And if you should stay home, this is not equivalent to a vote for the other side. It doesn’t take mad math skillz to see this. Yet you’ll hear the sound bite tossed around quite a bit as an argument for voting no matter what.
So, yes, I’m voting for Santorum in the primary. Not because I think he’s “electable” (though maybe I do, but in any case that’s irrelevant), but because I believe in him. He stands for what I stand for. He is actively seeking the support of people like me, people on the far right who are sick and tired of being neglected by Republicans for mushy middle and left-leaning voters. The strategists can hem and haw all they want about how this or that comment was “overly rash” or “likely to appeal only to the far right” or “ill-judged due to its controversial nature,” but I say good for him. Good for him.
I want to close with another story. This is a story from a summer I spent campaigning for a friend who was running for U. S. Senate against the more liberal Republican incumbent. It was a long summer. Others worked even harder than I did, but I put in many hours of volunteer labor. Data entry, folding T-shirts, licking envelopes, phone calls, phone calls, phone calls… and did I mention phone calls? But I vividly remember one phone call in particular. I was working alone in a room, with one laptop full of names and numbers and one cellphone. I dialed one number and waited for the next person on the list to pick up. It was an elderly lady—I don’t even remember her name. But she picked up, and I trotted off my little half-scripted, half-improvised introduction. We had been told to focus mainly on economic issues in our initial spin, so that was essentially what I gave her.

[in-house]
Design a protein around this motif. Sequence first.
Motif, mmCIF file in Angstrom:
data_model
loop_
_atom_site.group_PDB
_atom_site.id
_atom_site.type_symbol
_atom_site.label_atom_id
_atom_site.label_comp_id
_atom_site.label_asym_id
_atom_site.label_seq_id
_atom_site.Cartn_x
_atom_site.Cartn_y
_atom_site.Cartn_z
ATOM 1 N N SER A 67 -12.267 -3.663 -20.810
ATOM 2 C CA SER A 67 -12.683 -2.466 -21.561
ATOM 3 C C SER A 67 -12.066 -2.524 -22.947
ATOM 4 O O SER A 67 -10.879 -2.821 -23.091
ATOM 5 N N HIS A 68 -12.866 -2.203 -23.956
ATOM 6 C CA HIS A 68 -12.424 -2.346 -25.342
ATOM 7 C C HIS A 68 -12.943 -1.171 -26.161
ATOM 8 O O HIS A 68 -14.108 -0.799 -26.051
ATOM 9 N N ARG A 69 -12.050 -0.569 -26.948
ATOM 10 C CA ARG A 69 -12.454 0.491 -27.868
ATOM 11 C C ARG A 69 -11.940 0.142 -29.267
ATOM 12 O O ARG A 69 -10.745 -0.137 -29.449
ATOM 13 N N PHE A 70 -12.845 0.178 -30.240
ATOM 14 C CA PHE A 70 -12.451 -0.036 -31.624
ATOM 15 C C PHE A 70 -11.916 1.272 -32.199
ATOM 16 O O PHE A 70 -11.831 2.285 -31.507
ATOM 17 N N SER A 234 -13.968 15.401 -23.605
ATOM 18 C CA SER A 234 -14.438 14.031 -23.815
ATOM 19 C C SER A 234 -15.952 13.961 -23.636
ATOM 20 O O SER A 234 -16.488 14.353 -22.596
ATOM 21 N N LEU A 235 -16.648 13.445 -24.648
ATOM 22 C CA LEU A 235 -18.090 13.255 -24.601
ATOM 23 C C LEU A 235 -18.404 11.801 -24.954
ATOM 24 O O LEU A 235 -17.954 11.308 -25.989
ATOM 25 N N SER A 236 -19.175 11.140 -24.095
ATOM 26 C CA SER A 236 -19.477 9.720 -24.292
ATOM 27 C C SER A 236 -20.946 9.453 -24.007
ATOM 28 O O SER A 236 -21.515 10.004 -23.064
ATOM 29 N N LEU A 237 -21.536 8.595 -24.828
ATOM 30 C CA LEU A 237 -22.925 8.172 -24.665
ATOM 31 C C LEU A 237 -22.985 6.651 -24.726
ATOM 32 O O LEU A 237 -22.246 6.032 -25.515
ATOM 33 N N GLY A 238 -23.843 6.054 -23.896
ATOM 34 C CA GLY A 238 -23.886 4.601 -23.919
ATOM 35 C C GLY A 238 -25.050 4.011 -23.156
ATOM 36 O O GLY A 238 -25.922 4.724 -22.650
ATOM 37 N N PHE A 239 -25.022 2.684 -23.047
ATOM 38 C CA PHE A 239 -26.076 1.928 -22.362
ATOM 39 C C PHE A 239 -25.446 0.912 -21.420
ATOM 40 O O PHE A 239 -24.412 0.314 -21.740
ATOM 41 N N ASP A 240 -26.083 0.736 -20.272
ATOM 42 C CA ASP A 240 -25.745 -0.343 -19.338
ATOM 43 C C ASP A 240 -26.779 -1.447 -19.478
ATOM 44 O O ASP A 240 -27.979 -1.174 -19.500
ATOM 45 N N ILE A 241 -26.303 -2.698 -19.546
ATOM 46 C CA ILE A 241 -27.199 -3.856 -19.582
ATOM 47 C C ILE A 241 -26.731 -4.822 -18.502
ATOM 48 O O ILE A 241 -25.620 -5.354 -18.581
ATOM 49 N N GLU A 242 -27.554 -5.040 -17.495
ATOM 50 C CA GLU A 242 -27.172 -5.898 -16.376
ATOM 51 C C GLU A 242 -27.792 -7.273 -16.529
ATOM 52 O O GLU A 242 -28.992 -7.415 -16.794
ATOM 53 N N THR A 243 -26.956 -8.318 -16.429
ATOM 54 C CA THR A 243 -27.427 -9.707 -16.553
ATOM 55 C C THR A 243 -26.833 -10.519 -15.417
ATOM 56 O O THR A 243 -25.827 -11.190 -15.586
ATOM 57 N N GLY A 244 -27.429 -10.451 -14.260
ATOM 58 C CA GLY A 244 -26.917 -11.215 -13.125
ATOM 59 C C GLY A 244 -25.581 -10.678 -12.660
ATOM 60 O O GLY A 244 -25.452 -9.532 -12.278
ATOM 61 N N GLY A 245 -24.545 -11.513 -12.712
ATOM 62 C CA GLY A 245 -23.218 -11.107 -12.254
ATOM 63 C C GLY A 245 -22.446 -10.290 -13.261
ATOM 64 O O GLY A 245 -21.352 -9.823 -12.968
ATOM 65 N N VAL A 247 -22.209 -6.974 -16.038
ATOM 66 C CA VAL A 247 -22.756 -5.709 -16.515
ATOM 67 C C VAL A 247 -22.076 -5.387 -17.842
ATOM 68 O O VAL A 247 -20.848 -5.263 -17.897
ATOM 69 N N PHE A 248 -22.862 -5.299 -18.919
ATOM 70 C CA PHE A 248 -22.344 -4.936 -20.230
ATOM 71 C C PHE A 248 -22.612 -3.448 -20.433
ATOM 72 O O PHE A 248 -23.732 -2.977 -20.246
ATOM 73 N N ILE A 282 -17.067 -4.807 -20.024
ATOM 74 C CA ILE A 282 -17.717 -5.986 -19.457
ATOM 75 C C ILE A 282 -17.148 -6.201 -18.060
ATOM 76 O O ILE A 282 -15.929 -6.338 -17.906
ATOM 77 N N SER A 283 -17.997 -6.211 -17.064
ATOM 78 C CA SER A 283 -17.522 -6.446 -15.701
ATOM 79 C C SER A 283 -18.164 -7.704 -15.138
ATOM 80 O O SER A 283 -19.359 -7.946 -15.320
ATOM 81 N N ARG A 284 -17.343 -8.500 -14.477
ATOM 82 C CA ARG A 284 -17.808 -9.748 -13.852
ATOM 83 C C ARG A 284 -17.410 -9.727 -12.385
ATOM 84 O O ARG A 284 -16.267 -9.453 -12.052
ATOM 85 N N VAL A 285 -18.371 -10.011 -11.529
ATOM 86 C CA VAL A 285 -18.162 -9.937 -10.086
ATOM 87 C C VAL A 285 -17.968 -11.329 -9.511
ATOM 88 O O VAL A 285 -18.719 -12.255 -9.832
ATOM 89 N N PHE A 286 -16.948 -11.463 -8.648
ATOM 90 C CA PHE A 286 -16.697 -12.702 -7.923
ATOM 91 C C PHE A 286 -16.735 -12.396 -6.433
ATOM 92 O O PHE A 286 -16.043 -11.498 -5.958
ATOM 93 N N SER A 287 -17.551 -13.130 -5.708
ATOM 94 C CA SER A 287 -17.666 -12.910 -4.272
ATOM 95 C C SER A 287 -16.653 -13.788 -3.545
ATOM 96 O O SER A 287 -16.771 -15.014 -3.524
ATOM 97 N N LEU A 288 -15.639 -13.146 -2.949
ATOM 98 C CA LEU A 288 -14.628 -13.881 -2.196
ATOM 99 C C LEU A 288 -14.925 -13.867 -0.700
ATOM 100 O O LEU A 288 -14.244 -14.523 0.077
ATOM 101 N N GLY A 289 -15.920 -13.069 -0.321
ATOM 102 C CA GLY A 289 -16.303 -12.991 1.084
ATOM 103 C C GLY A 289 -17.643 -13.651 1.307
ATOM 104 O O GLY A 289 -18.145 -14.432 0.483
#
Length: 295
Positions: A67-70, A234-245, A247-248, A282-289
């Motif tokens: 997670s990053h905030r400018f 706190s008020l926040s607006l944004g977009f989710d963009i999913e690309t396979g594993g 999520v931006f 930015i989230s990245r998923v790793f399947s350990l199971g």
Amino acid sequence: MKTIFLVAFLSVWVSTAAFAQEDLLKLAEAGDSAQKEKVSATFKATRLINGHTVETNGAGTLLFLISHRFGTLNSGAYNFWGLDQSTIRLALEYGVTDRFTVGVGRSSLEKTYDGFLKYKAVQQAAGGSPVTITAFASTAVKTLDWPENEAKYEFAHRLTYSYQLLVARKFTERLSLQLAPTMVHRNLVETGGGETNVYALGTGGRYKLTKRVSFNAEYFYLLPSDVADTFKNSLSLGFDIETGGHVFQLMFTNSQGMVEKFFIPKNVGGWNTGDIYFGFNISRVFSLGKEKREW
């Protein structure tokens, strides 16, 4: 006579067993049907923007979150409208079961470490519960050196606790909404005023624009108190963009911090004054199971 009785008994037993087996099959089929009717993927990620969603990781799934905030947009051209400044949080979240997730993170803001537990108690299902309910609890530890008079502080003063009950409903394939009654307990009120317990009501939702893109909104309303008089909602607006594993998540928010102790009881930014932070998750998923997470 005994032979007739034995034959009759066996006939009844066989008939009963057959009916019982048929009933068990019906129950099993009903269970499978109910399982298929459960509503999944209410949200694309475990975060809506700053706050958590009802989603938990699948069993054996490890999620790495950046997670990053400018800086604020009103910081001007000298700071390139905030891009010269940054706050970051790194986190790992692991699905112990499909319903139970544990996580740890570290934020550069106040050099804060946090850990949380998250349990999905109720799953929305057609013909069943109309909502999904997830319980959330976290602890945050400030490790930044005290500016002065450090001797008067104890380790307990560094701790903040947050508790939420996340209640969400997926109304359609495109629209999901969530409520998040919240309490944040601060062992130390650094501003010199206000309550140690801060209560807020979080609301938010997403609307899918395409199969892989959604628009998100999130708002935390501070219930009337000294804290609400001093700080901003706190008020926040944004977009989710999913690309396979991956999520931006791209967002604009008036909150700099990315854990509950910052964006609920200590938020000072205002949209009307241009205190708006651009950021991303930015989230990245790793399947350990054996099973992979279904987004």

I still remember the pause. At this point one of several things might happen. She might say something polite and hang up. She might say something rude and hang up. She might say nothing and hang up. Or maybe, just maybe, she might ask for more information. I waited with the cellphone pressed to my ear in anticipation. Then, she cleared her throat and asked, “What’s he like on the abortion issue?”